MUMBAI: From flood-ravaged Kerala comes a story of grit of the Coast Guard and armed forces personnel who saved a newly-born baby in a night-long rescue operation near the Idukki dam two days ago.
The rescue operation began after a call from the Mumbai Coast Guard about rising water level in the Idukki dam area, the Army officer, who led the team.
“We were in the weekly commanders’ conference at Kochi when a call came from the Coast Guard office in Mumbai to send the best team near the dam where water was flowing above the danger level,” Lt Col Shashikant Waghmode said.
Lt Col Waghmode, an assault engineer officer, currently on deputation to the Coast Guard, volunteered to lead the team and within 30 minutes, the team members were selected.
Many Coast Guard personnel were called from various ships, he told PTI when asked about the operation.
They were equipped with boats, outboard motor, ropes, digging tools, survival ration and medical kits, he said.
“After the briefing by District Commander DHQ-4 DIG Sanathan Jena, the team, comprising 16 Coast Guard divers, started the journey at night,” he said.
The terrain was a challenge as Idukki is located in a hilly area, which had a number of landslides. There were waterfalls and poor visibility due to fog. The ‘nullahs’ (drains) and rivers were overflowing, he said.
The team had to cross the Chappat bridge as the dam gates were going to be opened at 4.30 am.
“I had taken along drivers experienced in the hilly terrain and after nine hours we managed to cross the bridge at 4 am, half-an-hour before the dam gates opened,” said Lt Col Waghmode, an alumnus of the Sainik School at Satara in Maharashtra.
In Idukki, they found that all the villages were evacuated and hotels, shops, ATMs and petrol pumps were shut. There was no place to take shelter, he said.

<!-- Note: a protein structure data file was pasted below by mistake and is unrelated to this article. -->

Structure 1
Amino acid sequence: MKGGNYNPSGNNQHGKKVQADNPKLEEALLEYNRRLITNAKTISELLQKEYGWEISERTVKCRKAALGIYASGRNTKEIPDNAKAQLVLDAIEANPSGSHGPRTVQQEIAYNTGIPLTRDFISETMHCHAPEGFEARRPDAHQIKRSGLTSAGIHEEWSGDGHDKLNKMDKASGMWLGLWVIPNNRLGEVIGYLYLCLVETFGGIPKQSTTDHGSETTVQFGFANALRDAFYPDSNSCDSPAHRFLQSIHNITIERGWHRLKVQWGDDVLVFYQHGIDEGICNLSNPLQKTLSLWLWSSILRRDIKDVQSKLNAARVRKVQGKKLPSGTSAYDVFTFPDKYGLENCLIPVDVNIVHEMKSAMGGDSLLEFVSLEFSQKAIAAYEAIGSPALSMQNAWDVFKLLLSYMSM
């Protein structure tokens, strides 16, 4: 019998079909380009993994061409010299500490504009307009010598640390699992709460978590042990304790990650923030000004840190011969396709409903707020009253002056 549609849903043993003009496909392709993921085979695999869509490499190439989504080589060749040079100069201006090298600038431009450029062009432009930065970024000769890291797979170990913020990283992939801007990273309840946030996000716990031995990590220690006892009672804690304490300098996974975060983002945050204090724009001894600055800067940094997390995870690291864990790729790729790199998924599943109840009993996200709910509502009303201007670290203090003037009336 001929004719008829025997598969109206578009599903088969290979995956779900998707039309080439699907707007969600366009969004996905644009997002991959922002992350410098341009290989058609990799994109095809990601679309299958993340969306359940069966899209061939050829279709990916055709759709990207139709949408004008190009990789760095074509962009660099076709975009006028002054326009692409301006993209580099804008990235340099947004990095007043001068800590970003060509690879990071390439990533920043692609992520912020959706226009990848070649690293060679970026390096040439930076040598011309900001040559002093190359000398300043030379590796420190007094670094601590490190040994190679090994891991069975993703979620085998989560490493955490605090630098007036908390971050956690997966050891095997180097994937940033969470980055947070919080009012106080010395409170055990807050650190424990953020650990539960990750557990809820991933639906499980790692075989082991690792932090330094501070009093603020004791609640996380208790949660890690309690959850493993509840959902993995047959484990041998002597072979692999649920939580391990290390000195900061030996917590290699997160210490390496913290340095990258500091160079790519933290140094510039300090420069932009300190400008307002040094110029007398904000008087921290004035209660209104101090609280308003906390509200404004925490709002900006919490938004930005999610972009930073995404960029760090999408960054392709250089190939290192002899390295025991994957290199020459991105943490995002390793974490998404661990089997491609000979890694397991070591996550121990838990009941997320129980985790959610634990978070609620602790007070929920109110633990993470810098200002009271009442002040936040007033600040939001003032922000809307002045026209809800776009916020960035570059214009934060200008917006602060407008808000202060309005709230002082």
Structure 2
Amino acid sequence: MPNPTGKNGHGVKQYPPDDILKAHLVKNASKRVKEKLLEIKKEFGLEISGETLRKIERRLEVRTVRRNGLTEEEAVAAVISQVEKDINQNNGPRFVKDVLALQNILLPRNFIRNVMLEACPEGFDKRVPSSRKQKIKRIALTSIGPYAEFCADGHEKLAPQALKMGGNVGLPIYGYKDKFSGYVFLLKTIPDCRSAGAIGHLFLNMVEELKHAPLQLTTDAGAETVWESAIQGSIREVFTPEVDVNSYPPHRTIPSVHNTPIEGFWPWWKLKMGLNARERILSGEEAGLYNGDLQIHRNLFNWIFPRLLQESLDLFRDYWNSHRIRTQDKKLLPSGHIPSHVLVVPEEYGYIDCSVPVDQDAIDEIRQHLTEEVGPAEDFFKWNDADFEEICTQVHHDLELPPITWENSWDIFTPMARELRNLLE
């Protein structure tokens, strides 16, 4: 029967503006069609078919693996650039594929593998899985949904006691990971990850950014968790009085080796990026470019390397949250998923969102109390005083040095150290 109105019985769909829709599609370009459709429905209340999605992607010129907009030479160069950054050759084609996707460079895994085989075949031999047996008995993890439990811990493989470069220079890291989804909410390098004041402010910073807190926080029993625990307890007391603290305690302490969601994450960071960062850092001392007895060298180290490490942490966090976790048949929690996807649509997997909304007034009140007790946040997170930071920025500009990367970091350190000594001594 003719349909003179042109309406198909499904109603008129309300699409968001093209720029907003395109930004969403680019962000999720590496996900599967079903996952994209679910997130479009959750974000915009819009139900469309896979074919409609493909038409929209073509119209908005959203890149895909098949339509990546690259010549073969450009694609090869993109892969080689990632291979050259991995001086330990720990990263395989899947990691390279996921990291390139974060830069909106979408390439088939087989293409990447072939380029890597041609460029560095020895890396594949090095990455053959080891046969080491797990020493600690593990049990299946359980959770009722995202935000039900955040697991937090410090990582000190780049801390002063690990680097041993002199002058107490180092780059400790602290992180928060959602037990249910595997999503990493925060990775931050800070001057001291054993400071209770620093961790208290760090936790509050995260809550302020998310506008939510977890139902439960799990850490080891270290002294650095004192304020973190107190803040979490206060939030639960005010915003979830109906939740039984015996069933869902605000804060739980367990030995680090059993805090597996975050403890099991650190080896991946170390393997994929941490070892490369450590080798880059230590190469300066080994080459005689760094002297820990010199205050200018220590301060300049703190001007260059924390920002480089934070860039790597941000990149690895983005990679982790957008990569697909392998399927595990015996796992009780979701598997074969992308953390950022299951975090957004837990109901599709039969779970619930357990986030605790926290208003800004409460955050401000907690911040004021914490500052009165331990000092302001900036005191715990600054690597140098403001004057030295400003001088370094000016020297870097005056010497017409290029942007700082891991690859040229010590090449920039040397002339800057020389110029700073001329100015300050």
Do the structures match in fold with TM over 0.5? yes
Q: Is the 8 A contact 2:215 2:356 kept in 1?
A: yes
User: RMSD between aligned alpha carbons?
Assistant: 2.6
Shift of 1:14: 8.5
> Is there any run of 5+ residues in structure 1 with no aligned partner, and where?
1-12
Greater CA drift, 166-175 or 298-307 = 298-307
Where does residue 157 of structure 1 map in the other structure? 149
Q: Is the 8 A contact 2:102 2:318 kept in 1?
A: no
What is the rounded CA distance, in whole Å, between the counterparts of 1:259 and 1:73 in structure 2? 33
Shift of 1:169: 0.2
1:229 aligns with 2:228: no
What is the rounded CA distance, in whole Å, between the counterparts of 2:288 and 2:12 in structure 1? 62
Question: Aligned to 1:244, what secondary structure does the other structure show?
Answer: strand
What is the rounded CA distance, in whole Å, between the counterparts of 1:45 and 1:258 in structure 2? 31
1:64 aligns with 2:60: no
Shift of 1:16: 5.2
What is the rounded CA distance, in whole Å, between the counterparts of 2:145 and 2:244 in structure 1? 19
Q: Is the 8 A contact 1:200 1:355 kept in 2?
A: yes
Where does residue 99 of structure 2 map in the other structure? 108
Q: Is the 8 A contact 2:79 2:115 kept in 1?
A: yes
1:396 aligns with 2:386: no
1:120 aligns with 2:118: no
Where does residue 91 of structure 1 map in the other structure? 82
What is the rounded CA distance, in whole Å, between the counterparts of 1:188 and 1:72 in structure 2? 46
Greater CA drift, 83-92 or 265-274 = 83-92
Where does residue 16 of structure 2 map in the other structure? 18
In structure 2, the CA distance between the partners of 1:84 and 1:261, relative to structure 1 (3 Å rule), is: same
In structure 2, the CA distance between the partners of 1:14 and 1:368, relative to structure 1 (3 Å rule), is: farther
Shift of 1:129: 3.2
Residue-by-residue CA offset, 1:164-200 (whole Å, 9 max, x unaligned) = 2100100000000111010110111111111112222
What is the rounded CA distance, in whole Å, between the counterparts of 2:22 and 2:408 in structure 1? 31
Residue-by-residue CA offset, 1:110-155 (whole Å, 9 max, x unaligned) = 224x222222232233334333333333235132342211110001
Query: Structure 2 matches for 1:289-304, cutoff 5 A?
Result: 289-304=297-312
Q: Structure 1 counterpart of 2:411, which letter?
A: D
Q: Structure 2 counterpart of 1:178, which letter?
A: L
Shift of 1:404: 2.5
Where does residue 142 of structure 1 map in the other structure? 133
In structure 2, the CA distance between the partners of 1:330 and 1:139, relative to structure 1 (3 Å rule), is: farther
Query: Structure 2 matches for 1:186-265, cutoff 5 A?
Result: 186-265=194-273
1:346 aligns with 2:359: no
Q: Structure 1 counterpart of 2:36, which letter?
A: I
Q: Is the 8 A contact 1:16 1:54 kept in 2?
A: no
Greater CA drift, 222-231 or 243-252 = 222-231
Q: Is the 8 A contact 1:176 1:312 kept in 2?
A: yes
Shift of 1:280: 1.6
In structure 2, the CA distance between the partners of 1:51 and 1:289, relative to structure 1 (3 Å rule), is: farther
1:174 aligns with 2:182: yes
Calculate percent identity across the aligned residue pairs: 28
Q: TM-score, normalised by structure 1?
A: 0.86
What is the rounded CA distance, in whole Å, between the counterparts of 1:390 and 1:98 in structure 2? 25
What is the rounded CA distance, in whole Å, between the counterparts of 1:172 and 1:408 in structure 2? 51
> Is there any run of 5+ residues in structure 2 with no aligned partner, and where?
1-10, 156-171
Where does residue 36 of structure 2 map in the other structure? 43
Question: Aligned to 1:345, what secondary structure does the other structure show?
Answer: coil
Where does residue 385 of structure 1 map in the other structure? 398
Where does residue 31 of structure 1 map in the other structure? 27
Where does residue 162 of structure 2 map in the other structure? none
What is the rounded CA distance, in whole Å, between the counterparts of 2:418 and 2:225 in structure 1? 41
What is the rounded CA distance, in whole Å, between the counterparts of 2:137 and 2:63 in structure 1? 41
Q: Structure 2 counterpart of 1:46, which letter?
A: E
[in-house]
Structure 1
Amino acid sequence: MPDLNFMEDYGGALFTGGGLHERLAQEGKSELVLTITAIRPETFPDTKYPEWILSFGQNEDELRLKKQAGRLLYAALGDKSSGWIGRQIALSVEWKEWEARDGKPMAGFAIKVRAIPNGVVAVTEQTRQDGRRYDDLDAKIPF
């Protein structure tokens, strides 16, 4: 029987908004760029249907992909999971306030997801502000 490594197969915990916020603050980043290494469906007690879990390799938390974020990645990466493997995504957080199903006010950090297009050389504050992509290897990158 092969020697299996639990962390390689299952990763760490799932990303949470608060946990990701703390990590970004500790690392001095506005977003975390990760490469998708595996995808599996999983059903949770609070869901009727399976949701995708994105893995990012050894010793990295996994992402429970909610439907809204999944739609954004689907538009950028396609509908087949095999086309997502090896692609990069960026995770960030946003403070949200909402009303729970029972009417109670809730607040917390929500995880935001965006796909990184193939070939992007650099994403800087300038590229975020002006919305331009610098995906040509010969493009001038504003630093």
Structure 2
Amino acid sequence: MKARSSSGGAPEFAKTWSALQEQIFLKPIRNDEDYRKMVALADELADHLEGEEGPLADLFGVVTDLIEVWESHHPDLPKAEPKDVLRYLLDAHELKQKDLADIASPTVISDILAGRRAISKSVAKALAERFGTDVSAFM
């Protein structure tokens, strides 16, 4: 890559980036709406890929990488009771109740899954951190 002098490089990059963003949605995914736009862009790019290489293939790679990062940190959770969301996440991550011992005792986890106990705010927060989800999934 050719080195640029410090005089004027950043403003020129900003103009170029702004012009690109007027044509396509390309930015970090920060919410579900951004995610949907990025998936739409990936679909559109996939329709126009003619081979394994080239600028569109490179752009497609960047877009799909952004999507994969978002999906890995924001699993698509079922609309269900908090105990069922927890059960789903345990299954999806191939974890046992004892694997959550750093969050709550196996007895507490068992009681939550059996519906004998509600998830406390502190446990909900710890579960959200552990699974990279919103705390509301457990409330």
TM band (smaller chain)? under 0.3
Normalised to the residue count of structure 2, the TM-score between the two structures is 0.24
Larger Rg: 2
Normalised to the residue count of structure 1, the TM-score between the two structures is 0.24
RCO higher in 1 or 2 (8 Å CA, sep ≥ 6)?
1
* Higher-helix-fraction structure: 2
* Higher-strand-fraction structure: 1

For the next four days, the Coast Guard team rescued many people in Manjumala and nearby villages and cleared debris and boulders.
“I was leading a peculiar team comprising personnel from the Coast Guard, the Army, the Navy and the Air Force. I was given the best sea divers of the Coast Guard, Navy nursing assistants, vehicle drivers of the Army and the Air Force,” he said.
“On August 16 night, just as we reached an abandoned government hospital for rest after four days of non-stop work, the local police officer, villagers and NDRF officials came to us, asking to save the life of a woman who had just given birth,” he said.
The locals told the rescue team that the woman and her five family members were stuck in a flooded house without food and water for four days, he said.
The team then launched a night-long rescue mission, calling it “Operation Water Baby”, Lt Col Waghmode said.
The woman’s house was two km from the point where the rescue boat was unloaded, he said.
“The best six members of the team were selected and the operation began at 10.30 pm in pitch dark and against the water current,” the officer said.
The outboard motor was not effective as there were lot of stones, debris and mud mounds below but the team pushed the boat for about 2 km against the water current, which was around 15 knots, he said.
The team reached the house, guided by local policemen who accompanied them in the boat, at 1.30 am.
“The family was in a bad state. They were not aware that someone was coming to their rescue. Due to medical issues of the newborn baby and the mother, we decided to wait till sunrise and continued the operation early morning with the help of a local doctor,” he said.
“On our way back, wherever there was less water, we lifted the boat with family members inside it. After we reached a safe spot, the woman told us that she will make her baby boy join the armed forces,” the officer said.
After this rescue operation, the team was given a choice to return and rest, but the personnel chose to proceed to Chengannur and join another rescue operation, he said.